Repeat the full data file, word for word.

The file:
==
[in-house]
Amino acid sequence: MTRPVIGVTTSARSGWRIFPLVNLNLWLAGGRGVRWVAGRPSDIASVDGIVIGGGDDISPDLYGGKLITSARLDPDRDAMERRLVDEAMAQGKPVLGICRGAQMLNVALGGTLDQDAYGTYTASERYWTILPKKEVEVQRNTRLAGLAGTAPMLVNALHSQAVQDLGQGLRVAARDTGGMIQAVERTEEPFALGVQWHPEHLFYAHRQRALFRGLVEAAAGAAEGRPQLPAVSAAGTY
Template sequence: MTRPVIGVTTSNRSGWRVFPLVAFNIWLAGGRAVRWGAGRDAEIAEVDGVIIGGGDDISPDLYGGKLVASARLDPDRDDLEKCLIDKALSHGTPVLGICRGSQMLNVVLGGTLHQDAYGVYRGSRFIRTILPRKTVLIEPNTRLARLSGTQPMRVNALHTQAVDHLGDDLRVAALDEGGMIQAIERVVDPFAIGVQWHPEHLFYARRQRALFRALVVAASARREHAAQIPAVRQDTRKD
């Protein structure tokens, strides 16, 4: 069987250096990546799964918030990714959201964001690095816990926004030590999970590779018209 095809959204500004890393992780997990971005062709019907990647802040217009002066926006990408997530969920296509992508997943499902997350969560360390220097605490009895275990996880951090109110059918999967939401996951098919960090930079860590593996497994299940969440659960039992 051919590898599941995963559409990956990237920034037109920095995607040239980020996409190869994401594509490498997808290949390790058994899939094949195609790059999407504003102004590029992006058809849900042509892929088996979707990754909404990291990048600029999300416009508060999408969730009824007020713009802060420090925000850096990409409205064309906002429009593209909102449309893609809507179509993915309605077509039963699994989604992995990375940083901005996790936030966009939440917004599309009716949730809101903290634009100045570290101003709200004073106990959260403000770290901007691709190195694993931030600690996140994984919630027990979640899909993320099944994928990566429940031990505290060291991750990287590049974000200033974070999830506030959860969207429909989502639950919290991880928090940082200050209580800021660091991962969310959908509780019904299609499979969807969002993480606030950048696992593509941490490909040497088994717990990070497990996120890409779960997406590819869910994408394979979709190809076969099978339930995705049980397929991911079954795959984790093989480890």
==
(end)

[in-house]
Amino acid sequence: MTRPVIGVTTSARSGWRIFPLVNLNLWLAGGRGVRWVAGRPSDIASVDGIVIGGGDDISPDLYGGKLITSARLDPDRDAMERRLVDEAMAQGKPVLGICRGAQMLNVALGGTLDQDAYGTYTASERYWTILPKKEVEVQRNTRLAGLAGTAPMLVNALHSQAVQDLGQGLRVAARDTGGMIQAVERTEEPFALGVQWHPEHLFYAHRQRALFRGLVEAAAGAAEGRPQLPAVSAAGTY
Template sequence: MTRPVIGVTTSNRSGWRVFPLVAFNIWLAGGRAVRWGAGRDAEIAEVDGVIIGGGDDISPDLYGGKLVASARLDPDRDDLEKCLIDKALSHGTPVLGICRGSQMLNVVLGGTLHQDAYGVYRGSRFIRTILPRKTVLIEPNTRLARLSGTQPMRVNALHTQAVDHLGDDLRVAALDEGGMIQAIERVVDPFAIGVQWHPEHLFYARRQRALFRALVVAASARREHAAQIPAVRQDTRKD
């Protein structure tokens, strides 16, 4: 069987250096990546799964918030990714959201964001690095816990926004030590999970590779018209 095809959204500004890393992780997990971005062709019907990647802040217009002066926006990408997530969920296509992508997943499902997350969560360390220097605490009895275990996880951090109110059918999967939401996951098919960090930079860590593996497994299940969440659960039992 051919590898599941995963559409990956990237920034037109920095995607040239980020996409190869994401594509490498997808290949390790058994899939094949195609790059999407504003102004590029992006058809849900042509892929088996979707990754909404990291990048600029999300416009508060999408969730009824007020713009802060420090925000850096990409409205064309906002429009593209909102449309893609809507179509993915309605077509039963699994989604992995990375940083901005996790936030966009939440917004599309009716949730809101903290634009100045570290101003709200004073106990959260403000770290901007691709190195694993931030600690996140994984919630027990979640899909993320099944994928990566429940031990505290060291991750990287590049974000200033974070999830506030959860969207429909989502639950919290991880928090940082200050209580800021660091991962969310959908509780019904299609499979969807969002993480606030950048696992593509941490490909040497088994717990990070497990996120890409779960997406590819869910994408394979979709190809076969099978339930995705049980397929991911079954795959984790093989480890």